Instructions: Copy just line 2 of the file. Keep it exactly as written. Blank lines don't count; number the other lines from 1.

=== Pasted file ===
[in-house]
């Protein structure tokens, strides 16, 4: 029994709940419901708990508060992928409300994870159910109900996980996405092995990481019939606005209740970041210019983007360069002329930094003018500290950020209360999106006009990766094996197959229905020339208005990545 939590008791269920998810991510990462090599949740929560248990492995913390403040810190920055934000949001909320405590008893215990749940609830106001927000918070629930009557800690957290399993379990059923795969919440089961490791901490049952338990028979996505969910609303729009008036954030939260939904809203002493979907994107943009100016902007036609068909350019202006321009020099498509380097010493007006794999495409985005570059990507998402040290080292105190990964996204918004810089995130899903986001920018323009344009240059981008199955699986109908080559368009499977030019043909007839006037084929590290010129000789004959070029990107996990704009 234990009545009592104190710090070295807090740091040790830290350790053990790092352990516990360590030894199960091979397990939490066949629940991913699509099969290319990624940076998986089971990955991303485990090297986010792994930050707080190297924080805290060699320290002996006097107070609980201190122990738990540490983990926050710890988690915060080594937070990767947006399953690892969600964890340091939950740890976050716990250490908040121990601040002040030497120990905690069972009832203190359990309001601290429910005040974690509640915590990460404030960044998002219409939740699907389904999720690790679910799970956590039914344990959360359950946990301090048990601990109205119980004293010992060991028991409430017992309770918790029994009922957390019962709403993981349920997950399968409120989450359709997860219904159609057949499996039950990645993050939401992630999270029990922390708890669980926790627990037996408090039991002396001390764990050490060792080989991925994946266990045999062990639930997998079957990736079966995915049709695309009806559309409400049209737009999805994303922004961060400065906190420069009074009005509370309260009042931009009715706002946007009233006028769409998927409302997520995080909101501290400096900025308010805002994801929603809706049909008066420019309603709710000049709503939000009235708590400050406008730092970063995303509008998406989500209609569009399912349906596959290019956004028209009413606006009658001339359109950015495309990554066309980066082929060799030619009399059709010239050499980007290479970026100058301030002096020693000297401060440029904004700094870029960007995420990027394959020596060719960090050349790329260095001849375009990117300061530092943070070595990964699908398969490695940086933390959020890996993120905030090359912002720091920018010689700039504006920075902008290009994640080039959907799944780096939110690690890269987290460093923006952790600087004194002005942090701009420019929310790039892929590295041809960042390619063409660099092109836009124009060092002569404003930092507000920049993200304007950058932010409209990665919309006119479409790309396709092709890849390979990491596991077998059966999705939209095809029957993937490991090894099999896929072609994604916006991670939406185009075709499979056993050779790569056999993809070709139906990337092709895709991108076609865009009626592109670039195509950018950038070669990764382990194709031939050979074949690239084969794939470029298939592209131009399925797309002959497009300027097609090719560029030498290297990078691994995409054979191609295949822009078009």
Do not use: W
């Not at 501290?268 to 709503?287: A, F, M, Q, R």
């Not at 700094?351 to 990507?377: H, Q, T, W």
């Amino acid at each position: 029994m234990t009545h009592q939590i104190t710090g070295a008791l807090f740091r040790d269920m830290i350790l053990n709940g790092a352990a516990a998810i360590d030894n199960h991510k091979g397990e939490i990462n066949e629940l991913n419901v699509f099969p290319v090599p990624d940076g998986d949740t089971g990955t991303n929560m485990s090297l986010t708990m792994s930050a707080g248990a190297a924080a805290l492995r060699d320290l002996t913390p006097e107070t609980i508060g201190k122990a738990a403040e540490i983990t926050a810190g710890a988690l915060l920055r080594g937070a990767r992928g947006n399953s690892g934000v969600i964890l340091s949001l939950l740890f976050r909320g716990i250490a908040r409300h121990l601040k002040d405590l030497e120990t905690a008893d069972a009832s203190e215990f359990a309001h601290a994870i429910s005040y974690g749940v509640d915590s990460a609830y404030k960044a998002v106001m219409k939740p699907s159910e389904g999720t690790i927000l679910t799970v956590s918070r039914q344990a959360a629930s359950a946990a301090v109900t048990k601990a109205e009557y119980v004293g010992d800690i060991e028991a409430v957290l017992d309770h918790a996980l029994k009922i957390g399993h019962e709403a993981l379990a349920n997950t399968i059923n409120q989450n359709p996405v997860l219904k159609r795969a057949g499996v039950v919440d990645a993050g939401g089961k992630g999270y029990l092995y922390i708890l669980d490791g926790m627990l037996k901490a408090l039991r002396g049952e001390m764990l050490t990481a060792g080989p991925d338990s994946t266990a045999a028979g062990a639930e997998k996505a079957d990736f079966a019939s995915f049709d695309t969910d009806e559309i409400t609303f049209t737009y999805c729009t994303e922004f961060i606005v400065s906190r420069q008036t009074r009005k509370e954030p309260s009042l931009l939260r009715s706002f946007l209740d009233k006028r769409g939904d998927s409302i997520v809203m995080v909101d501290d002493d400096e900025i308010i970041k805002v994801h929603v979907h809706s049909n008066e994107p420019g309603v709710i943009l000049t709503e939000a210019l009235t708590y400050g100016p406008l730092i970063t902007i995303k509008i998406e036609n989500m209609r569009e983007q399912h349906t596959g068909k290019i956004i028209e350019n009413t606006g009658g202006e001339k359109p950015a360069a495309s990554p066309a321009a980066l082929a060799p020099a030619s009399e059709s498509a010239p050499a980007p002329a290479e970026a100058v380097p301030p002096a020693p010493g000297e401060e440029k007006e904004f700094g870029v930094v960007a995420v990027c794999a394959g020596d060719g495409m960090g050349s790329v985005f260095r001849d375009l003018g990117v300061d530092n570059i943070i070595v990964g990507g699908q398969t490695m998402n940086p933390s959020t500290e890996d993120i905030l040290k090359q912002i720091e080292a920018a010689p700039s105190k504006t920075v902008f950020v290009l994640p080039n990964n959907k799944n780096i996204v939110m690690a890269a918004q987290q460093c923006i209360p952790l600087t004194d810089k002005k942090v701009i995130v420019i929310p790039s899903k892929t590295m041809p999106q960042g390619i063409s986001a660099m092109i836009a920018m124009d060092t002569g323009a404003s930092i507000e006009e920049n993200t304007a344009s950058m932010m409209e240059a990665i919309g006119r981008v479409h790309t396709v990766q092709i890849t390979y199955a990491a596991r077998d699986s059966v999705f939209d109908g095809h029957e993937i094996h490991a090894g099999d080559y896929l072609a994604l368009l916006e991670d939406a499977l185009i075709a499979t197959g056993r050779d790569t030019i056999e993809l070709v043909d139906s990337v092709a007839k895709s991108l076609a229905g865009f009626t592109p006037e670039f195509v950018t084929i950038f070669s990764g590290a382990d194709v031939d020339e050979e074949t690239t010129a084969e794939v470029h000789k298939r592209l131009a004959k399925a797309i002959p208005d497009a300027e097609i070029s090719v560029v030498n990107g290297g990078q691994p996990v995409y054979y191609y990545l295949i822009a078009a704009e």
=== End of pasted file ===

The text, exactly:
């Protein structure tokens, strides 16, 4: 029994709940419901708990508060992928409300994870159910109900996980996405092995990481019939606005209740970041210019983007360069002329930094003018500290950020209360999106006009990766094996197959229905020339208005990545 939590008791269920998810991510990462090599949740929560248990492995913390403040810190920055934000949001909320405590008893215990749940609830106001927000918070629930009557800690957290399993379990059923795969919440089961490791901490049952338990028979996505969910609303729009008036954030939260939904809203002493979907994107943009100016902007036609068909350019202006321009020099498509380097010493007006794999495409985005570059990507998402040290080292105190990964996204918004810089995130899903986001920018323009344009240059981008199955699986109908080559368009499977030019043909007839006037084929590290010129000789004959070029990107996990704009 234990009545009592104190710090070295807090740091040790830290350790053990790092352990516990360590030894199960091979397990939490066949629940991913699509099969290319990624940076998986089971990955991303485990090297986010792994930050707080190297924080805290060699320290002996006097107070609980201190122990738990540490983990926050710890988690915060080594937070990767947006399953690892969600964890340091939950740890976050716990250490908040121990601040002040030497120990905690069972009832203190359990309001601290429910005040974690509640915590990460404030960044998002219409939740699907389904999720690790679910799970956590039914344990959360359950946990301090048990601990109205119980004293010992060991028991409430017992309770918790029994009922957390019962709403993981349920997950399968409120989450359709997860219904159609057949499996039950990645993050939401992630999270029990922390708890669980926790627990037996408090039991002396001390764990050490060792080989991925994946266990045999062990639930997998079957990736079966995915049709695309009806559309409400049209737009999805994303922004961060400065906190420069009074009005509370309260009042931009009715706002946007009233006028769409998927409302997520995080909101501290400096900025308010805002994801929603809706049909008066420019309603709710000049709503939000009235708590400050406008730092970063995303509008998406989500209609569009399912349906596959290019956004028209009413606006009658001339359109950015495309990554066309980066082929060799030619009399059709010239050499980007290479970026100058301030002096020693000297401060440029904004700094870029960007995420990027394959020596060719960090050349790329260095001849375009990117300061530092943070070595990964699908398969490695940086933390959020890996993120905030090359912002720091920018010689700039504006920075902008290009994640080039959907799944780096939110690690890269987290460093923006952790600087004194002005942090701009420019929310790039892929590295041809960042390619063409660099092109836009124009060092002569404003930092507000920049993200304007950058932010409209990665919309006119479409790309396709092709890849390979990491596991077998059966999705939209095809029957993937490991090894099999896929072609994604916006991670939406185009075709499979056993050779790569056999993809070709139906990337092709895709991108076609865009009626592109670039195509950018950038070669990764382990194709031939050979074949690239084969794939470029298939592209131009399925797309002959497009300027097609090719560029030498290297990078691994995409054979191609295949822009078009």